Links and articles about technology, design, and sociology. Written by Rian van der Merwe. Follow @RianVDM
Facebook marketing: where community is more important than product
Craig Mod wrote a very interesting essay about community and content for Contents Magazine. In Our New Shrines he talks about building a community first, before deciding what you’re going to do with them. It’s a contentious topic, but it’s worth entertaining Craig’s argument:
There is a reality those of us long steeped in the web are reticent to admit: for many, Facebook is the internet. More than Tumblr. More than wordpress.com. More than Twitter. For a certain person, a very commonly found person, Facebook is a Yahoo! portal, personalized Google news, Gmail, Flickr, iPhoto, and Xbox. If you look closely, companies don’t post URLs to their home pages, they post URLs to their Facebook pages.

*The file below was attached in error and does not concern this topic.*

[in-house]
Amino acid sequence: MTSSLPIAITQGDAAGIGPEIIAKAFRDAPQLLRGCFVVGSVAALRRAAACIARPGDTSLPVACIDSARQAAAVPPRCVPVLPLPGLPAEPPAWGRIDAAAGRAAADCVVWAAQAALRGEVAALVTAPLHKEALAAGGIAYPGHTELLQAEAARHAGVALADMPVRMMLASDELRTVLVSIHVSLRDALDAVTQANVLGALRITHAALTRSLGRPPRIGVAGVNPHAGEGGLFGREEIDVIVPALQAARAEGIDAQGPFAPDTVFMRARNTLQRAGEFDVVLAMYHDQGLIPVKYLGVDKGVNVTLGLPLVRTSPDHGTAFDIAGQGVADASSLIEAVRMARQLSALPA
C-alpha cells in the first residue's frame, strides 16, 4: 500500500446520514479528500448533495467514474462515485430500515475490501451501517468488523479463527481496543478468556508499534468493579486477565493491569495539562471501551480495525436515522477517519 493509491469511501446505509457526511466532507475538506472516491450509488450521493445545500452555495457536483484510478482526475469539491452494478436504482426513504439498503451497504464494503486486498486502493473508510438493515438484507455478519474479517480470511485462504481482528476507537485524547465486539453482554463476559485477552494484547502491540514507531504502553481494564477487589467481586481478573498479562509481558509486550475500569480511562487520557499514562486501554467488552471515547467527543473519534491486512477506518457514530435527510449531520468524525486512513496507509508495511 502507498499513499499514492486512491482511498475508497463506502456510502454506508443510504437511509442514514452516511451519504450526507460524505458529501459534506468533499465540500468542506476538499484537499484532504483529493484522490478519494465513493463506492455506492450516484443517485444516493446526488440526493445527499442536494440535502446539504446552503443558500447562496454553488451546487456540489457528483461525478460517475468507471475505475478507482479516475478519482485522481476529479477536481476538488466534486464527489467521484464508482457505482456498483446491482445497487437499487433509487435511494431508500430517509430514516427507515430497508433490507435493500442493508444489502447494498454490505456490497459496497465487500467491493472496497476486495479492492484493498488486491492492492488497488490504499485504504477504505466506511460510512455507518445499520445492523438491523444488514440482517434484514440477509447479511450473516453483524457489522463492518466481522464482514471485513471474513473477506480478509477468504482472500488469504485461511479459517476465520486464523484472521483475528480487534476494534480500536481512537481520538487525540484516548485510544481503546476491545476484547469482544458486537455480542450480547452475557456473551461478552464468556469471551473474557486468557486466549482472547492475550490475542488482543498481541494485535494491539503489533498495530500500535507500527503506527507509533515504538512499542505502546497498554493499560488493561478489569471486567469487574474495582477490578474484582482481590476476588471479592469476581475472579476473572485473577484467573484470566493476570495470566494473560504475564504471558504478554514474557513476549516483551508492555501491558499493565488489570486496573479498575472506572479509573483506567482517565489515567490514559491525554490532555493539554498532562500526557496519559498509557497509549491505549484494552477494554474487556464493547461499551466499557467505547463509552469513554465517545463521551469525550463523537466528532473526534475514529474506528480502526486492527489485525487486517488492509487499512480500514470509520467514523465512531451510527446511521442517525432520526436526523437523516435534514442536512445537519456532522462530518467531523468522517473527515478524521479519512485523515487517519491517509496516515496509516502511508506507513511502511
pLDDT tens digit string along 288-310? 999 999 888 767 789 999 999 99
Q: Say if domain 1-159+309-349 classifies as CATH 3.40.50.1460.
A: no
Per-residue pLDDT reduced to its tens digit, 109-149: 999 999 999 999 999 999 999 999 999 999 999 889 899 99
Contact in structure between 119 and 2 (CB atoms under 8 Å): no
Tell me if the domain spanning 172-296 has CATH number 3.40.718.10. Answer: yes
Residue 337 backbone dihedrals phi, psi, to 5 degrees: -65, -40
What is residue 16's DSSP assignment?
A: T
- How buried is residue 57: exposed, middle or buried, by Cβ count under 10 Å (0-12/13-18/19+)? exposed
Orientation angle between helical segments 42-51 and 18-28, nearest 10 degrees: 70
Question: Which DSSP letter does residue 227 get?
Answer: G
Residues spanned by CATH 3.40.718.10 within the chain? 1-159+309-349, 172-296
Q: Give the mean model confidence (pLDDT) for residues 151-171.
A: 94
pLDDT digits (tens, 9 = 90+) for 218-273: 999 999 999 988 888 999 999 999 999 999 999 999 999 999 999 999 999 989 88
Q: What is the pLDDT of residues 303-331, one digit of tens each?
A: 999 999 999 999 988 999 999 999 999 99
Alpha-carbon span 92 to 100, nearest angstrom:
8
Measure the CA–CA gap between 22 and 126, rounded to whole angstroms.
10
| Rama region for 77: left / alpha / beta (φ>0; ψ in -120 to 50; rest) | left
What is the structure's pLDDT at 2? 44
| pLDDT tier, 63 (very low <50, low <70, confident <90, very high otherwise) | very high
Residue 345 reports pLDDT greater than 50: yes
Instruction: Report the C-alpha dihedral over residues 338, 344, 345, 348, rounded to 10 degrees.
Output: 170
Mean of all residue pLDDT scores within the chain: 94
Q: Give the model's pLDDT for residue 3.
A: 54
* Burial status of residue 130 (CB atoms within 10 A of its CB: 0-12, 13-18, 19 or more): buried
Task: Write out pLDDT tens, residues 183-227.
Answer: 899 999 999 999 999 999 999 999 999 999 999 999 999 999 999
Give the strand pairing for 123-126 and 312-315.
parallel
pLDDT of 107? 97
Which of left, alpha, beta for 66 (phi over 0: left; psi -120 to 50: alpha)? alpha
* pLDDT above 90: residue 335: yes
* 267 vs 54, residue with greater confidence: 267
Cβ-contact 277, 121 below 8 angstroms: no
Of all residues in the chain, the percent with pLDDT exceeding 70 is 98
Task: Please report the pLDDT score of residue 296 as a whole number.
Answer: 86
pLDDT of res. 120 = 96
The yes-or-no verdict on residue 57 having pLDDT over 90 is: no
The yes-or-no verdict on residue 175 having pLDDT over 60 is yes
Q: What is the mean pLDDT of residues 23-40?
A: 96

We facilitate lots of usability tests here at Flow. I’ve asked the question “So, what do you do when go online?” enough times to know exactly what the answer will be. It is always, without fail, a variation of “Well, I Facebook, of course… A little bit of email… Some Google… Umm, well, mostly Facebook.”
This might change, but I completely agree that for most people, Facebook is the Internet at the moment. I personally don’t like Craig’s proposal of building a community around something vapid before you decide what product/service you want to provide to them. I think it’s a dangerous game. But denying the short-term effectiveness of such a strategy would be naive. For better or worse, this is the attention economy we live in. For now.